Kannada language has been evolved in its present form, undergoing several twins and turns. In fact, the Indian linguists have demarcated the whole of this evolutionary process in to four broad phases. Various social and religious influences have shaped this evolution.
Poorvada Halegannada or Pre-ancient Kananda: This is the first phase of Kannada language and marks the very first phase of its development. The famous Halmidi scripture, dated back to the 5th century CE, were written down in Kannada. The Kannada language that was used in these inscriptions had high influences of Sanskrit. However, as per various inscriptions, the Kannada languages existed much before the writings of these Halmidi inscriptions. In fact, the origin of Kannada can be traced to the ancient scriptures in India. The first written record in the Kannada language is found in Emperor Ashoka's Brahmagiri decree, which dated back to as early as 230 BC, thus proving that Kananda existed for the last sixteen hundred years.
Halegannada or Ancient Kannada:
This marks the second phase, covering a time period of the 9th to 14th centuries CE. It is in this genre that Kannada reached its zenith producing unique literary works. By and large, several Jain and Saivite poets had delivered wonderful works during this phase.
The origin of Jain puranas , also known as Virashaiva Vachana Sahitya or only vachana were produced in this phase of Kannada language development. Primitive Brahminical literary works also proliferated at this phase. By the 10th century, beautiful poems and prose works were written in Kannada, proving that a extensive number of classical prose and poetry works in Kannada had been flourished a few centuries before 'Kavirajamarga'. Kannada The grammar of Kananda language too is quite ennobled. Examples are numerous. Amongst them Nagavarma II's Karnataka-bhashabhushana (1145) and Kesiraja's Sabdamanidarpana (1260) can be cited as the ancient most works of grammar.
Nadugannada or Middle Kannada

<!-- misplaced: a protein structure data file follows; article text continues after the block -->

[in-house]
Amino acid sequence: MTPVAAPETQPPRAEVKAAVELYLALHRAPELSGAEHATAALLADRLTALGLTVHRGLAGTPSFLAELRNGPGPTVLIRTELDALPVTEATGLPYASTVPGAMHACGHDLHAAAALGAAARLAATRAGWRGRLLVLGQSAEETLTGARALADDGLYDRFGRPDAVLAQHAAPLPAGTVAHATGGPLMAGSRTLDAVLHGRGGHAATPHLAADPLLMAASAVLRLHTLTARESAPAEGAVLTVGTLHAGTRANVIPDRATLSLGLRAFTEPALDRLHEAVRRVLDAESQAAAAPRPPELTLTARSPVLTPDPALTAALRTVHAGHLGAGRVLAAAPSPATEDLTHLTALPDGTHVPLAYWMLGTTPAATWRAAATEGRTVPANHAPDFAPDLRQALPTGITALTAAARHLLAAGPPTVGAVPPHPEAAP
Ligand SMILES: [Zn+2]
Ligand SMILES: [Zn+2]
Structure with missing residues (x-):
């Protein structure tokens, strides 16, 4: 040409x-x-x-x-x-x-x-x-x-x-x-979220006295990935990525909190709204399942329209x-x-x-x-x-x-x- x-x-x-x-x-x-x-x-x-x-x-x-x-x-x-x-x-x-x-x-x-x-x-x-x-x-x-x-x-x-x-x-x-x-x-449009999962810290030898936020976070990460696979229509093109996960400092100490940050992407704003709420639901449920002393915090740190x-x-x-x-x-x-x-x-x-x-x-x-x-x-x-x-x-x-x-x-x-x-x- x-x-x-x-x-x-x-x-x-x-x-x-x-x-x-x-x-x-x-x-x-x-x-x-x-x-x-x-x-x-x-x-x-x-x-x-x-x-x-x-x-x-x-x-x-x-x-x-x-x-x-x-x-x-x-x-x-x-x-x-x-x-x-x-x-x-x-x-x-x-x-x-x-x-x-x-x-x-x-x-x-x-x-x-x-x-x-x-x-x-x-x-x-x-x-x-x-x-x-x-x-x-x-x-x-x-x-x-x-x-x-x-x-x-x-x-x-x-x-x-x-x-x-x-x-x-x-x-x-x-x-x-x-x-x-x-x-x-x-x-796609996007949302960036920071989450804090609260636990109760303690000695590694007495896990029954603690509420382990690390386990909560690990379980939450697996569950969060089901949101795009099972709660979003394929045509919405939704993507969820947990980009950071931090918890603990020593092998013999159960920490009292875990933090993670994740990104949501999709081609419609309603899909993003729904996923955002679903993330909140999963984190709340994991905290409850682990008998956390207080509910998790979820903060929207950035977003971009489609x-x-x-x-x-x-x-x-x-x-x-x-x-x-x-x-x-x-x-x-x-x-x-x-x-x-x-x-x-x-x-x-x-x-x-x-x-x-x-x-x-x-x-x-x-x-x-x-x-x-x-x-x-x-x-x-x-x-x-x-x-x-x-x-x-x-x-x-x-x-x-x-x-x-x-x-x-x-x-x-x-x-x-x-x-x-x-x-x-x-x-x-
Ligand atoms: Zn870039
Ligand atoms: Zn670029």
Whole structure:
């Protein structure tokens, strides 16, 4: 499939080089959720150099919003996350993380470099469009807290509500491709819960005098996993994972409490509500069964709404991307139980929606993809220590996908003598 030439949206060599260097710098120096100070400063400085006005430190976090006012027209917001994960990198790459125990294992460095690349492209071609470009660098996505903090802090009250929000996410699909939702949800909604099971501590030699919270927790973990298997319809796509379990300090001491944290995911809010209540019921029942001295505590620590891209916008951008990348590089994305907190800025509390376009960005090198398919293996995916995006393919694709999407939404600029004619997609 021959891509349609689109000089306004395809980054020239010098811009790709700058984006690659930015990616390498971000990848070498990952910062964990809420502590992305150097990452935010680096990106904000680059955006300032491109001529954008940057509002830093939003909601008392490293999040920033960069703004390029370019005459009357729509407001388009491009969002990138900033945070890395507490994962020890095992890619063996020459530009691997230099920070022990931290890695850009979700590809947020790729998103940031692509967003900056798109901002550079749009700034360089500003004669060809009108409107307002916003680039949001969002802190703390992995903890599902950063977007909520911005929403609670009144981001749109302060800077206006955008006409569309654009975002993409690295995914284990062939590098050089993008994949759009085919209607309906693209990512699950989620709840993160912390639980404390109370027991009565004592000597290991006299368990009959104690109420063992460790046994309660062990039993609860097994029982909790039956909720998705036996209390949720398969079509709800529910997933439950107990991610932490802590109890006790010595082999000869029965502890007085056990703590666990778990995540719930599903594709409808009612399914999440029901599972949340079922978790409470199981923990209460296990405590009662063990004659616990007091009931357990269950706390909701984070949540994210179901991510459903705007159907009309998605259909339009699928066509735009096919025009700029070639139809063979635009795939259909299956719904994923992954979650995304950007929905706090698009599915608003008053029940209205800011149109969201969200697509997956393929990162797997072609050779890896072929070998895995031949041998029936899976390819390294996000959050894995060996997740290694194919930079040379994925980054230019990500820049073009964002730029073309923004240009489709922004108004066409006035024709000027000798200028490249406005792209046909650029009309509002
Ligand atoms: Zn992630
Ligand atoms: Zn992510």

The third phase started from the 14th century and continued till 18th century CE. During this time, Brahmanical Hinduism had an enormous impact on Kannada language and literature. Ethereal poems are the gems of Kannada language and literature and these were composed during this phase by Non-brahmin Hindu saints, namely, Kanakadasa and also Brahminical saints of the Vaishnava sect, better known as Jagannathadasa, Purandaradasa, Naraharitirtha, Vyasatirtha, Sripadaraya, Vadirajatirtha, Vijaya Dasa. Kanakadasa's Ramadhanya Charite is an outstanding work, dealing with the concern of class struggles. Famous Haridasa Sahitya, which influenced the gestation of Carnatic music, too falls a part of this Kannada language developmental phase.
Hosagannada or Modern Kannada
This is the last phase of Kannada language and literature. The Kannada works that were produced at the end of the 19th century and also much later are categorized as Hosagannada or Modern Kannada. According to many scholars, however, this phase continued till the beginning of the 20th century. Few literary works in Kannada were produced at this time. Most distinguished among them are the works of renowned poet Muddana. His works may be depicted as the "Dawn of Modern Kannada". Broadly speaking, experts discovered that Indira Bai or Saddharma Vijayavu written by Gulvadi Venkata Raya as the primary literary works in Modern Kannada language development.
The Kannada script has been used to write in Kannada language. The other local languages of Karnataka, Tulu, Kodava Takk and Konkani are also highly influenced by Kannada language. The Telugu script has also been adopted from the old Kannada language script. Modern Kannada language and literature is the most flourishing one in India. Even the highest literary award, namely, the Jnanpith awards, has been bestowed upon innumerable times on writers for their masterpieces in Kananda language. In fact this honor is the most prestigious one for any of the language in India.
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